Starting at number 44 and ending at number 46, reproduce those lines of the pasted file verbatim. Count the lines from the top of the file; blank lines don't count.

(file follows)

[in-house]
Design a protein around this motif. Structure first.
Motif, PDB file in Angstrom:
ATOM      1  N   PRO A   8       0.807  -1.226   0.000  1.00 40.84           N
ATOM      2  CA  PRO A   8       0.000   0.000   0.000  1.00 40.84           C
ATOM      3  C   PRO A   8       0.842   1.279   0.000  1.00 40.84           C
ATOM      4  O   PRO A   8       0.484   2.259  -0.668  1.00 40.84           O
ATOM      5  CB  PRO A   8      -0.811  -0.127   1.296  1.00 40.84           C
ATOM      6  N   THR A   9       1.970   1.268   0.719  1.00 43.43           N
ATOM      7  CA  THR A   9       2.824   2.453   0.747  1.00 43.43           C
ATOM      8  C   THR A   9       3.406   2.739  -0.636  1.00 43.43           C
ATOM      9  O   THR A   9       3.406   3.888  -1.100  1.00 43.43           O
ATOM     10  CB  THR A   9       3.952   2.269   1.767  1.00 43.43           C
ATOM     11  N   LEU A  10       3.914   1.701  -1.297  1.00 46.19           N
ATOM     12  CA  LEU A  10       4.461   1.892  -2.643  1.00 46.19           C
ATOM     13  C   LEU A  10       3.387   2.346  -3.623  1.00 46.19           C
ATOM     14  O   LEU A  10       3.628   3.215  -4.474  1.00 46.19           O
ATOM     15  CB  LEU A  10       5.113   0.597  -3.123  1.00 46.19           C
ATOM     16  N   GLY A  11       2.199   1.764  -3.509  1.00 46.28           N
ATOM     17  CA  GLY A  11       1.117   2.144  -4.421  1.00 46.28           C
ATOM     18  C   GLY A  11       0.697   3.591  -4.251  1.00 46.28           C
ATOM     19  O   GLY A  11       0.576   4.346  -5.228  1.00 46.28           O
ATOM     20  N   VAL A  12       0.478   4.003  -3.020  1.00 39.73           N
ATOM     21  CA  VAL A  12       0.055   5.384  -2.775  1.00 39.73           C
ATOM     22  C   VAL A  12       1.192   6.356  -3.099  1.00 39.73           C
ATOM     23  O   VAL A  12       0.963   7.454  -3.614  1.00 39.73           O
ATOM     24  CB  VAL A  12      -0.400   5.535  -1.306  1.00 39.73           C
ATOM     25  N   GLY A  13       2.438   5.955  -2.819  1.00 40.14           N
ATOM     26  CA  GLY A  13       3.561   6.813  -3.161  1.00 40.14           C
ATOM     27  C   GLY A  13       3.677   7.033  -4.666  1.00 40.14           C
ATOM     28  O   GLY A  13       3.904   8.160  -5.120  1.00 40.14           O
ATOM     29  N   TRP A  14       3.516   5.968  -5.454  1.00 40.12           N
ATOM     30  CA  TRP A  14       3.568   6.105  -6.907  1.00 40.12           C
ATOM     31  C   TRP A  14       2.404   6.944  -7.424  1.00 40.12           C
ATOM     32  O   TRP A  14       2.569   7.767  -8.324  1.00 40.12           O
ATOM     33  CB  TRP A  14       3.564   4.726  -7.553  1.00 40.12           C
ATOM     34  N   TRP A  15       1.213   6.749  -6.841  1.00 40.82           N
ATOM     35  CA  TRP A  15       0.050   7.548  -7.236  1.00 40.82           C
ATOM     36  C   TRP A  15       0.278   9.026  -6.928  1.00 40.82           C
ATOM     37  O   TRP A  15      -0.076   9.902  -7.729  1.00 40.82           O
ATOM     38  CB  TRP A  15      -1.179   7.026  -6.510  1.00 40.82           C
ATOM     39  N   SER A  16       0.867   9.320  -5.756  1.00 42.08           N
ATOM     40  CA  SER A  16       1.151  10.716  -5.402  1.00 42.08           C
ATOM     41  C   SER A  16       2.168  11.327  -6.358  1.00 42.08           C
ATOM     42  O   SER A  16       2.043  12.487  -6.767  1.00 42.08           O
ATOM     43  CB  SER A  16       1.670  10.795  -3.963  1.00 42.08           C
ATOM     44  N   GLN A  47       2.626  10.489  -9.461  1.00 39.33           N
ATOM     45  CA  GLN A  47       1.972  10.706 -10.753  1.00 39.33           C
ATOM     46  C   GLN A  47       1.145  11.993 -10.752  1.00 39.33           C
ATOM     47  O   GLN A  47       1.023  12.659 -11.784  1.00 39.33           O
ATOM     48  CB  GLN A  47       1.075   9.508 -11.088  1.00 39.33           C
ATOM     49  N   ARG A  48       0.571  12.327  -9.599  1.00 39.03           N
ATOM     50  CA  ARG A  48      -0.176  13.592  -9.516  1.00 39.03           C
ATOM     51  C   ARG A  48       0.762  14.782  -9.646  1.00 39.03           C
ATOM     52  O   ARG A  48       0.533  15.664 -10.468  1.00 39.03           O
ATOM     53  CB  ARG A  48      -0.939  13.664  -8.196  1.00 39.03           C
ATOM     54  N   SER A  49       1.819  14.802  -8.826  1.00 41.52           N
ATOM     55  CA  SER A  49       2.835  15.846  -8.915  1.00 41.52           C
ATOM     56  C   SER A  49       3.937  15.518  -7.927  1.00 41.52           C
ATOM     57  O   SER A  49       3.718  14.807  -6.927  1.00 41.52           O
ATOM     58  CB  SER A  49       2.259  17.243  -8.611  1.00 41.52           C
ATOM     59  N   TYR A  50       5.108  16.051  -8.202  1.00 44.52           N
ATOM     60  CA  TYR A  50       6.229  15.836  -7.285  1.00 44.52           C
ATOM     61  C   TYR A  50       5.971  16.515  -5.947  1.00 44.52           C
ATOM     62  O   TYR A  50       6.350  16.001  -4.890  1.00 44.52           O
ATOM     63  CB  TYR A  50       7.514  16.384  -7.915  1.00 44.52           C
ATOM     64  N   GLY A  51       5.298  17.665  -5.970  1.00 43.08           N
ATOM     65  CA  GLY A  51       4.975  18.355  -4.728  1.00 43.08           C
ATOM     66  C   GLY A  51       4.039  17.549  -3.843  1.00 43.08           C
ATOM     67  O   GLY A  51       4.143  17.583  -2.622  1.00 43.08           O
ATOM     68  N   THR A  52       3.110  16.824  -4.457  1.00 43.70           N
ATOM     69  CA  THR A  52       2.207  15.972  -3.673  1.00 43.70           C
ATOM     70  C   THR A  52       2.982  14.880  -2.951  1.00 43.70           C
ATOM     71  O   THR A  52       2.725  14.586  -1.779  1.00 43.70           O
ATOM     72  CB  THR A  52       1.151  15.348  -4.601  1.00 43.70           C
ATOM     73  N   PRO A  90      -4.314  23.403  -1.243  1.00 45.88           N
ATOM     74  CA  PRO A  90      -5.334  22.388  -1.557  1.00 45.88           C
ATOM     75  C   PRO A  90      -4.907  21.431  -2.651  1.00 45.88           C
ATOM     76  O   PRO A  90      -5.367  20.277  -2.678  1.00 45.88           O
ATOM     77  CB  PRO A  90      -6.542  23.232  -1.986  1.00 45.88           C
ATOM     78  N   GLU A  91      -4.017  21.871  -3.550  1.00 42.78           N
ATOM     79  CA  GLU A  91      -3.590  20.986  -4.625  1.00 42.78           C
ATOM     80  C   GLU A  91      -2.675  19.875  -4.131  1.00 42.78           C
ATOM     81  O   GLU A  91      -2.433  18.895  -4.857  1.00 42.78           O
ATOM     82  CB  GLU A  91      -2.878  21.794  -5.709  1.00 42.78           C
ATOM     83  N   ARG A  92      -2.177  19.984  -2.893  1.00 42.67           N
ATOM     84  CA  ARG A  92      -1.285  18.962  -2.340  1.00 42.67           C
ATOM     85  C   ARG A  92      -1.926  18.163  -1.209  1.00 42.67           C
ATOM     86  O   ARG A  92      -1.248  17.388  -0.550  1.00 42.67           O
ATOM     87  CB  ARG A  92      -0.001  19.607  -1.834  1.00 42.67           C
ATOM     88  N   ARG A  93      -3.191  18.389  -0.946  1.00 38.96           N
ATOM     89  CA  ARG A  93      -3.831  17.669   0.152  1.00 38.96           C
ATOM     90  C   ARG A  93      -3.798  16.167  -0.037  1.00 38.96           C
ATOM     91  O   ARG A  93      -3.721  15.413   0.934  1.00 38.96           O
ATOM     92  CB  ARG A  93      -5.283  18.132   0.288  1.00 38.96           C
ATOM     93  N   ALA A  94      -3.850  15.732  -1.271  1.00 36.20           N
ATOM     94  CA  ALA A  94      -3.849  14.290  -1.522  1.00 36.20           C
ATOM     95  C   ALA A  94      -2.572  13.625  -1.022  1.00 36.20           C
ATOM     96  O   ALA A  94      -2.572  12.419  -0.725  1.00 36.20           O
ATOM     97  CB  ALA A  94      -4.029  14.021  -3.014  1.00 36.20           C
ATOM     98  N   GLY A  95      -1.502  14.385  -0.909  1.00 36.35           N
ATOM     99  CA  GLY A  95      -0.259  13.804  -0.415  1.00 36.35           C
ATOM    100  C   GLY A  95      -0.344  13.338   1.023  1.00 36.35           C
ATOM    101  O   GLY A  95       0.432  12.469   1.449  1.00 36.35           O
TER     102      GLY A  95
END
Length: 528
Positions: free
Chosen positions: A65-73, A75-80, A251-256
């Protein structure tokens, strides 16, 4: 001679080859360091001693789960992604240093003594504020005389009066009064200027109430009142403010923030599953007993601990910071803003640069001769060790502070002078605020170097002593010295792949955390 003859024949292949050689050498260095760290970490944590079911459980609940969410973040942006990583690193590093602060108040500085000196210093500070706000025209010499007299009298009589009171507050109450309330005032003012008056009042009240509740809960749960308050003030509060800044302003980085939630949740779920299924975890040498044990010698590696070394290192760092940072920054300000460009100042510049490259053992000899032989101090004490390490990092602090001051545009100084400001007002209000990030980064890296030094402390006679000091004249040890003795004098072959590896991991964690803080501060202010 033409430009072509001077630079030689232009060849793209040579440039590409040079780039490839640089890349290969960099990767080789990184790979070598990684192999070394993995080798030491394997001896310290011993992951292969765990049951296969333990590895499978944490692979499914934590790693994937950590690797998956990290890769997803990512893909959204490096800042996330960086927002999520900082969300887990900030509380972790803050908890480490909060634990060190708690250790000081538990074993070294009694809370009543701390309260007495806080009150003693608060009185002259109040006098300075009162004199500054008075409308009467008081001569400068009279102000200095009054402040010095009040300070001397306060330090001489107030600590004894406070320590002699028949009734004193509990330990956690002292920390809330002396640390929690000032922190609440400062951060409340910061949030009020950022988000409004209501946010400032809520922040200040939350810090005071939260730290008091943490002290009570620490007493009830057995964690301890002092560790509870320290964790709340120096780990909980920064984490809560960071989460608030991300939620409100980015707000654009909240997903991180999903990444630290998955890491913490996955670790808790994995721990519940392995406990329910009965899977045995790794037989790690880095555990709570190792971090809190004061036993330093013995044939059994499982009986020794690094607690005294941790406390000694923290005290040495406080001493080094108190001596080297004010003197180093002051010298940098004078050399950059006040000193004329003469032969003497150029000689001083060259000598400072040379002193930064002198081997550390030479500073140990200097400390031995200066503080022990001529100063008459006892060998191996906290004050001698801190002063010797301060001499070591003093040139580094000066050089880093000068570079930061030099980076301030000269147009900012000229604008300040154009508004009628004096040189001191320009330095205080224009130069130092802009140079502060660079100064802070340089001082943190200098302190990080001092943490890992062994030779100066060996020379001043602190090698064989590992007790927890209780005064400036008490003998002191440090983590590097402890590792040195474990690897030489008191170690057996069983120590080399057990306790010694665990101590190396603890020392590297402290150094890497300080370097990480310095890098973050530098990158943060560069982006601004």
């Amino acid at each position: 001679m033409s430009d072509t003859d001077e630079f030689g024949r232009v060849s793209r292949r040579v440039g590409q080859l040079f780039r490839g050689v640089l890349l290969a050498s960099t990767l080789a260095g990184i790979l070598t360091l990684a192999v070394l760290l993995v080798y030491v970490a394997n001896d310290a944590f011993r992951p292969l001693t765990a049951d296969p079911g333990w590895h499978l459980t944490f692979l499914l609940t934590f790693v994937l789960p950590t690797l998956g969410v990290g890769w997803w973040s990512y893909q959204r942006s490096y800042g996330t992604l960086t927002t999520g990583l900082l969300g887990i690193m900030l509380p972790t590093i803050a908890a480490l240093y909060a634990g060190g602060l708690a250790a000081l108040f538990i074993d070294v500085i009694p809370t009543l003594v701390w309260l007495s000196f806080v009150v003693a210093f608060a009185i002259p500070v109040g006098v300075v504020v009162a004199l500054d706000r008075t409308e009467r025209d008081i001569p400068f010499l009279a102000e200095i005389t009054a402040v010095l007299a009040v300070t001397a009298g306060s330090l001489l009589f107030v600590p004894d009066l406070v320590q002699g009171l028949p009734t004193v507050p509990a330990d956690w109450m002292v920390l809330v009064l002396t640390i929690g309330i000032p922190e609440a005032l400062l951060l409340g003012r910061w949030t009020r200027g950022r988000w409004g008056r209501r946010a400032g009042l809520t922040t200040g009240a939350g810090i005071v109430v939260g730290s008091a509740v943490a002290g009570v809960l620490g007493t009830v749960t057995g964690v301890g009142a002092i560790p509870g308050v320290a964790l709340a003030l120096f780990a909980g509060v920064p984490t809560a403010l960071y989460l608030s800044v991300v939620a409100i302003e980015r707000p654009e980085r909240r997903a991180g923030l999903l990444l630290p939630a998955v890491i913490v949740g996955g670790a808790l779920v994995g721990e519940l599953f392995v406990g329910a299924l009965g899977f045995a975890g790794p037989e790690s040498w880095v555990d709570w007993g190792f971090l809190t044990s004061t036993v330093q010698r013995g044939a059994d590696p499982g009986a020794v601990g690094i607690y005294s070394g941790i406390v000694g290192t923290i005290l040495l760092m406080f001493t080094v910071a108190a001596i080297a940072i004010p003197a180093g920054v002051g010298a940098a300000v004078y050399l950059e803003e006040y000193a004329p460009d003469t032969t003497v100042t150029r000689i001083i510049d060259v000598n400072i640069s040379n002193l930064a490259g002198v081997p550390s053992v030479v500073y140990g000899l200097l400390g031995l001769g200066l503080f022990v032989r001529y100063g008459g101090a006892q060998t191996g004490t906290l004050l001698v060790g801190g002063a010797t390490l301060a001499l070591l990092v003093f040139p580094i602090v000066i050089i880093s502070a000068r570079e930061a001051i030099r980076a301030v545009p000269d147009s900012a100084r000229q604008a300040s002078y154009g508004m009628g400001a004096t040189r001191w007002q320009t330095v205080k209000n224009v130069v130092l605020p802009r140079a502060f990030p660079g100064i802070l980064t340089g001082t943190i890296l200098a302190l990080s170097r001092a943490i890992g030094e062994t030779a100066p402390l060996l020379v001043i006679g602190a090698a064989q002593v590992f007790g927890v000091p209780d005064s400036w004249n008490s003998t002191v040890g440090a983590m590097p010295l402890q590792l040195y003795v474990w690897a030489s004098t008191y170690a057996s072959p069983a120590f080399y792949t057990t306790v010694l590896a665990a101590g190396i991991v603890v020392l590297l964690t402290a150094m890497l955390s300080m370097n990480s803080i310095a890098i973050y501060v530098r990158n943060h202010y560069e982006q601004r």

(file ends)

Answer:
ATOM     41  C   SER A  16       2.168  11.327  -6.358  1.00 42.08           C
ATOM     42  O   SER A  16       2.043  12.487  -6.767  1.00 42.08           O
ATOM     43  CB  SER A  16       1.670  10.795  -3.963  1.00 42.08           C